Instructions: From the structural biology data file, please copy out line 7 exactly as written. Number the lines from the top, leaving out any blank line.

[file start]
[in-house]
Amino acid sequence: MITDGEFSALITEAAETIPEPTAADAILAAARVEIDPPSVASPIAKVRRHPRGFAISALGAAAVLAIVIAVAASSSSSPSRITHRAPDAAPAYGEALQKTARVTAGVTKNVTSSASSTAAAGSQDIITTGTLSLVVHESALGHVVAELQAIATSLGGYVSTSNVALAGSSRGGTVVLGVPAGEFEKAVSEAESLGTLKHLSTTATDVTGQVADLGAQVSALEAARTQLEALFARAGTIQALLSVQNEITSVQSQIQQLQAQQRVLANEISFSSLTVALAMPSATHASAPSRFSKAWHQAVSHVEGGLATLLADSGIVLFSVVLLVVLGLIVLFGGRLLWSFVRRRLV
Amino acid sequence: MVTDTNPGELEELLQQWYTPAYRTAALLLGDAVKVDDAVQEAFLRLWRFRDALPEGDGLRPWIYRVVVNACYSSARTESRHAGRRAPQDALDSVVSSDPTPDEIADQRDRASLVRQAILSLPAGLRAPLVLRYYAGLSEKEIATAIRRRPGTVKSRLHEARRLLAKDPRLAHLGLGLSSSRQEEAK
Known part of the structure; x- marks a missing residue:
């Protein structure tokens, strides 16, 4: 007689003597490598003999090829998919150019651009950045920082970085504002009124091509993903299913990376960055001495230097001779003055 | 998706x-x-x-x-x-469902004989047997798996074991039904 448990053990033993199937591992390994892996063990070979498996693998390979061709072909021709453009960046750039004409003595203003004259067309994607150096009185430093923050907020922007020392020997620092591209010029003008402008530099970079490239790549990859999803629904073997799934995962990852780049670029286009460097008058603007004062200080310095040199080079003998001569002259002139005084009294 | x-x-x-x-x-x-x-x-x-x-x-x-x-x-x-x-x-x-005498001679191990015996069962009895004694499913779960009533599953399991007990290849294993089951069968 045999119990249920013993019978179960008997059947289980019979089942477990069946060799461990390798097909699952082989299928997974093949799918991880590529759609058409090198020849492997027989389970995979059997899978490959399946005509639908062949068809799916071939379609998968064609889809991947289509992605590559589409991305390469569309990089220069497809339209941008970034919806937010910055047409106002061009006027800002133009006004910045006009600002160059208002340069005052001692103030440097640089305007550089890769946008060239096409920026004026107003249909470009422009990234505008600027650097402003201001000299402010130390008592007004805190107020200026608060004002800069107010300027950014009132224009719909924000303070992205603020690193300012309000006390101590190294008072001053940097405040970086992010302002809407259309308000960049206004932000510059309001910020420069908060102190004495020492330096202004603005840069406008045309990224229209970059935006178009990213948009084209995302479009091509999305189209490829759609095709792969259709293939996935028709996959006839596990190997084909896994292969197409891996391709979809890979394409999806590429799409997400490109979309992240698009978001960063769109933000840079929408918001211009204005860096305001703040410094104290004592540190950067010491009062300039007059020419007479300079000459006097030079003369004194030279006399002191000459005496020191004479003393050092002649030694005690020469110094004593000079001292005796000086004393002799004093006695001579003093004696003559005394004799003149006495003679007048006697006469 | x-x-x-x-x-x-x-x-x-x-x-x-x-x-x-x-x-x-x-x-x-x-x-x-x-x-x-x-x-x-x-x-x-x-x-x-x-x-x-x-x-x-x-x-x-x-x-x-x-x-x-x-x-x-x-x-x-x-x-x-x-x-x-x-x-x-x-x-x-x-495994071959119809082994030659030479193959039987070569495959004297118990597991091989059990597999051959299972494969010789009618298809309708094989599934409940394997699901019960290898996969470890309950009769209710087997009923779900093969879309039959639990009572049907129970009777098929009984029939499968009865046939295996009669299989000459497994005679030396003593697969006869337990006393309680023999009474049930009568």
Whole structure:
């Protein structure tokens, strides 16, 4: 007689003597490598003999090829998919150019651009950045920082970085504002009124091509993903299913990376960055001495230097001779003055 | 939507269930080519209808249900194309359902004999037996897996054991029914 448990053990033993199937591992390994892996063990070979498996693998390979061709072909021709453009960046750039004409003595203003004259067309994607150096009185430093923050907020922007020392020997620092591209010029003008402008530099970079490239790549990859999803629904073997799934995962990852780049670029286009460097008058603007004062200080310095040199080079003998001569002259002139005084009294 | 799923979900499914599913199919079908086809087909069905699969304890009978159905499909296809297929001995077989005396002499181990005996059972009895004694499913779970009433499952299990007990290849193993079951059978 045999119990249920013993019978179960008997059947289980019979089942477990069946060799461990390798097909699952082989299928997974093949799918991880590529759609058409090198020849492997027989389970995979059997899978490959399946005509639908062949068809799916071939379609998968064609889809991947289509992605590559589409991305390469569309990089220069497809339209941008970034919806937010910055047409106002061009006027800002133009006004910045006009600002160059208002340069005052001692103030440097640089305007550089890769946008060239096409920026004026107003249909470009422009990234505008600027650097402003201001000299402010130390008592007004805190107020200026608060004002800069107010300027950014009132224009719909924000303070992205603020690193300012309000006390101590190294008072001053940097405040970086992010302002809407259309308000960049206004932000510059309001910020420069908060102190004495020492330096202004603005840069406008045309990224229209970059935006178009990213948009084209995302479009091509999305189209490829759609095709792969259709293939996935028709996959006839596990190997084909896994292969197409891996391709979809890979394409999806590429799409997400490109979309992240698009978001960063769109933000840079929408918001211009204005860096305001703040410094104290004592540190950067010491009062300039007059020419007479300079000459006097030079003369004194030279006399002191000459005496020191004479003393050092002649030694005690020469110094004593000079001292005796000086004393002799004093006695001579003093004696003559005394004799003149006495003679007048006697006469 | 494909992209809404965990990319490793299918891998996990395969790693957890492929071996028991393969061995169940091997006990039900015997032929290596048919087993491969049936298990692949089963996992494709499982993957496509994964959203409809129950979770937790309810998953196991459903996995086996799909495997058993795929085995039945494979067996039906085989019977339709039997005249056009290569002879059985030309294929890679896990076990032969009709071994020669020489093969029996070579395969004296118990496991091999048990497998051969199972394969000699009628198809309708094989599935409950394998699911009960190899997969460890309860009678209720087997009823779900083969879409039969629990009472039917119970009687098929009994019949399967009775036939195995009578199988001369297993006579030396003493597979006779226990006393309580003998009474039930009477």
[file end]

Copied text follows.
């Protein structure tokens, strides 16, 4: 007689003597490598003999090829998919150019651009950045920082970085504002009124091509993903299913990376960055001495230097001779003055 | 939507269930080519209808249900194309359902004999037996897996054991029914 448990053990033993199937591992390994892996063990070979498996693998390979061709072909021709453009960046750039004409003595203003004259067309994607150096009185430093923050907020922007020392020997620092591209010029003008402008530099970079490239790549990859999803629904073997799934995962990852780049670029286009460097008058603007004062200080310095040199080079003998001569002259002139005084009294 | 799923979900499914599913199919079908086809087909069905699969304890009978159905499909296809297929001995077989005396002499181990005996059972009895004694499913779970009433499952299990007990290849193993079951059978 045999119990249920013993019978179960008997059947289980019979089942477990069946060799461990390798097909699952082989299928997974093949799918991880590529759609058409090198020849492997027989389970995979059997899978490959399946005509639908062949068809799916071939379609998968064609889809991947289509992605590559589409991305390469569309990089220069497809339209941008970034919806937010910055047409106002061009006027800002133009006004910045006009600002160059208002340069005052001692103030440097640089305007550089890769946008060239096409920026004026107003249909470009422009990234505008600027650097402003201001000299402010130390008592007004805190107020200026608060004002800069107010300027950014009132224009719909924000303070992205603020690193300012309000006390101590190294008072001053940097405040970086992010302002809407259309308000960049206004932000510059309001910020420069908060102190004495020492330096202004603005840069406008045309990224229209970059935006178009990213948009084209995302479009091509999305189209490829759609095709792969259709293939996935028709996959006839596990190997084909896994292969197409891996391709979809890979394409999806590429799409997400490109979309992240698009978001960063769109933000840079929408918001211009204005860096305001703040410094104290004592540190950067010491009062300039007059020419007479300079000459006097030079003369004194030279006399002191000459005496020191004479003393050092002649030694005690020469110094004593000079001292005796000086004393002799004093006695001579003093004696003559005394004799003149006495003679007048006697006469 | 494909992209809404965990990319490793299918891998996990395969790693957890492929071996028991393969061995169940091997006990039900015997032929290596048919087993491969049936298990692949089963996992494709499982993957496509994964959203409809129950979770937790309810998953196991459903996995086996799909495997058993795929085995039945494979067996039906085989019977339709039997005249056009290569002879059985030309294929890679896990076990032969009709071994020669020489093969029996070579395969004296118990496991091999048990497998051969199972394969000699009628198809309708094989599935409950394998699911009960190899997969460890309860009678209720087997009823779900083969879409039969629990009472039917119970009687098929009994019949399967009775036939195995009578199988001369297993006579030396003493597979006779226990006393309580003998009474039930009477």